On to the mains, and I ordered the grilled peanut chicken (£13.55).
This was succulent breast of chicken marinated with honey, lemongrass and coriander root, grilled and topped with peanut sauce served with vegetable relish and sprinkled with black sesame seeds.
The meat was beautifully cooked, and so moist I could have eaten it with a spoon.
The accompaniments were delicious and the sauce was rich, thick and gutsy.
My only quibble was that it was a little too sweet for my liking.
I would have preferred the whole dish to have much more of a chilli kick to it, although those with a sweet tooth will adore it.
The chicken portion was also way too big for the average person, but that is something many people would not complain too much about I guess!
For her main, my guest chose a vegetarian Massaman Tofu curry (£9.55) with potatoes, onions, carrots, chick peas and cashew nuts served in a creamy coconut sauce.
She enjoyed this immensely, finding it well spiced and cooked to perfection. The tofu pieces soaked up the intense flavours nicely. Tofu tends to be very much a ‘Marmite’ ingredient, in that people either love it or hate it, but my fellow diner loved it and, after stealing a taste, I had to agree.
We shared some jasmine rice and stir fried noodles as our sundries, both of which were well cooked.
As we ate, the atmosphere continued at a buzzing pace, yet service throughout our stay was excellent.
The staff were knowledgeable and attentive without being intrusive. And, despite the restaurant being full and extremely busy, we were not made to feel rushed.
As we enjoyed our food, we kept glancing over at the cocktail bar, where the bartender was in his element as he made various exotic looking drinks. The Palm Sugar bar is an attraction in its own right, with a flow of guests all night long.
We opted to share a dessert, and eschewed dishes like the very authentic sounding ‘Thai mango sticky rice’ for the intriguingly named deep fried ice cream (£5.75).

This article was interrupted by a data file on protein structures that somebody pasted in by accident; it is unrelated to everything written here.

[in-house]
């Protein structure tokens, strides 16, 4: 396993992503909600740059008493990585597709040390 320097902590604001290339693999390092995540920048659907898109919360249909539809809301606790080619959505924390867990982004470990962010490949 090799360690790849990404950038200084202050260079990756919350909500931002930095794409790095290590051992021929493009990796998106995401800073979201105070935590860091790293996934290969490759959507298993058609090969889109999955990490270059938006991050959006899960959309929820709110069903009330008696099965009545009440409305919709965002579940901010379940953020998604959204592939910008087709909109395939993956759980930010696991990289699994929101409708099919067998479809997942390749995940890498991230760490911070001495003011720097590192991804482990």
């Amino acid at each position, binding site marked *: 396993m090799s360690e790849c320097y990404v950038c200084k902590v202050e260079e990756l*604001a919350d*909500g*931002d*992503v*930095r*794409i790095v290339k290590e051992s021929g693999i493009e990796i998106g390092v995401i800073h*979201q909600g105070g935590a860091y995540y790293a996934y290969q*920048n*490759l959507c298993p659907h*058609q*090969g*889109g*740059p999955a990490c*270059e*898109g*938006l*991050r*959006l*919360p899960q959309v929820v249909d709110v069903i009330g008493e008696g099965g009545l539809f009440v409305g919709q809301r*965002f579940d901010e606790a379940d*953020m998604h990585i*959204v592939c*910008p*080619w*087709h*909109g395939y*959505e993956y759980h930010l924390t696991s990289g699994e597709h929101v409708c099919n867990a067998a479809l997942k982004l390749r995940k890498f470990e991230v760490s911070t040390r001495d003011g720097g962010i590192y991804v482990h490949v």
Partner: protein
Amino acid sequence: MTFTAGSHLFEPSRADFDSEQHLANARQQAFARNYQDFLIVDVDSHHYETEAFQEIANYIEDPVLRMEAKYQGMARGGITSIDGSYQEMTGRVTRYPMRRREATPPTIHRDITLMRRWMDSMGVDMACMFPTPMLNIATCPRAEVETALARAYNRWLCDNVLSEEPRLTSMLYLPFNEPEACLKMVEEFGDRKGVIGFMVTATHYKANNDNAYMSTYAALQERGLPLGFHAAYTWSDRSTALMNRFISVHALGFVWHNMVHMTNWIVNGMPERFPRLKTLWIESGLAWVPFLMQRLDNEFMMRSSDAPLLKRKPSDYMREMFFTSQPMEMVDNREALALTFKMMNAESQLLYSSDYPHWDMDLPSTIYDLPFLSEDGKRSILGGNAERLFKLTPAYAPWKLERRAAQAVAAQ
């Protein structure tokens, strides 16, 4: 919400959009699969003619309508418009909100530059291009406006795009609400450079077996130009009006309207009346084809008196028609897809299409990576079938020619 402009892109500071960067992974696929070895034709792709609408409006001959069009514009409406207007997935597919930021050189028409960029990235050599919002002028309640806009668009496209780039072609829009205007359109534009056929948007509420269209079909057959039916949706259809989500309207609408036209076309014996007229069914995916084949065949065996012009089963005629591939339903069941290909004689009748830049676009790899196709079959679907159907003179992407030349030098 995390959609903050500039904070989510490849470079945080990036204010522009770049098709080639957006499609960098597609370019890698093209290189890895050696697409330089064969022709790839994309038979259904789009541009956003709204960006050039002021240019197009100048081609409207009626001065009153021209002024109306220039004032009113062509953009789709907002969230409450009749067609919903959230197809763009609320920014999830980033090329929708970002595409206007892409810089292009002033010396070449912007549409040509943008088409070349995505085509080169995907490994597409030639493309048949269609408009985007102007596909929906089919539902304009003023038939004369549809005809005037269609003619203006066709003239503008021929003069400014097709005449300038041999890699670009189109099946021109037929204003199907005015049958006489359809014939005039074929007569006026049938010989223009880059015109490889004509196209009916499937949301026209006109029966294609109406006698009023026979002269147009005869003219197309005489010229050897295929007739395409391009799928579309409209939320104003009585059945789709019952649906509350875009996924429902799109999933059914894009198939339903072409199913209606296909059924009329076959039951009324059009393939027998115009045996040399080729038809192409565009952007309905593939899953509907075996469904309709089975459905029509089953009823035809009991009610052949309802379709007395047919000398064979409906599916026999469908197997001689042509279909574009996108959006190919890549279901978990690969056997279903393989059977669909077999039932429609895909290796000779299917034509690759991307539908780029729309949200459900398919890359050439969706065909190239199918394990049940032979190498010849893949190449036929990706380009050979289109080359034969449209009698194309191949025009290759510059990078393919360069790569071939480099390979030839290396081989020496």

This was chocolate and coconut ice-cream balls coated in breadcrumbs, deep fried until golden brown and drizzled with mixed fruit sauce. It was a dessert-lover’s dream - like eating a sweet scotch egg.
The strange mix of textures might not be to everyone’s taste but it was a fitting end to a deliciously decadent evening.
Our total bill - with a glass of wine and a coffee each - came to a very reasonable £75.
The restaurant’s motto is ‘Ow Jai Sai’ which translates as ‘from the heart’ and Chaophraya takes its name from the ancient main waterway in Thailand which was considered a vital source of sustenance for families who lived along its banks.
There’s no doubt that spirit of generosity and warmth lives on at this restaurant.
The meal wasn’t flawless, and for me, there’s a little way to go before Chaophraya can aspire to the heady heights of five star gourmet or fine dining.
Then again, the ‘less is more’ concept probably wouldn’t sit well with the restaurant’s ethos, so who are we to tell them to hold back the river?
I’d certainly love to go back to sample more of Chaophraya’s offerings. One visit simply isn’t enough.
Address: 20A, Blayds Court, Swinegate, Leeds, LS1 4AG
Tel: 0113 244 9339
Prices: Three course set menu from £35.50 (min. 2 people); two-course weekday lunch/early bird offer £11.95.
Ratings (out of five stars):
Food: 3 and a half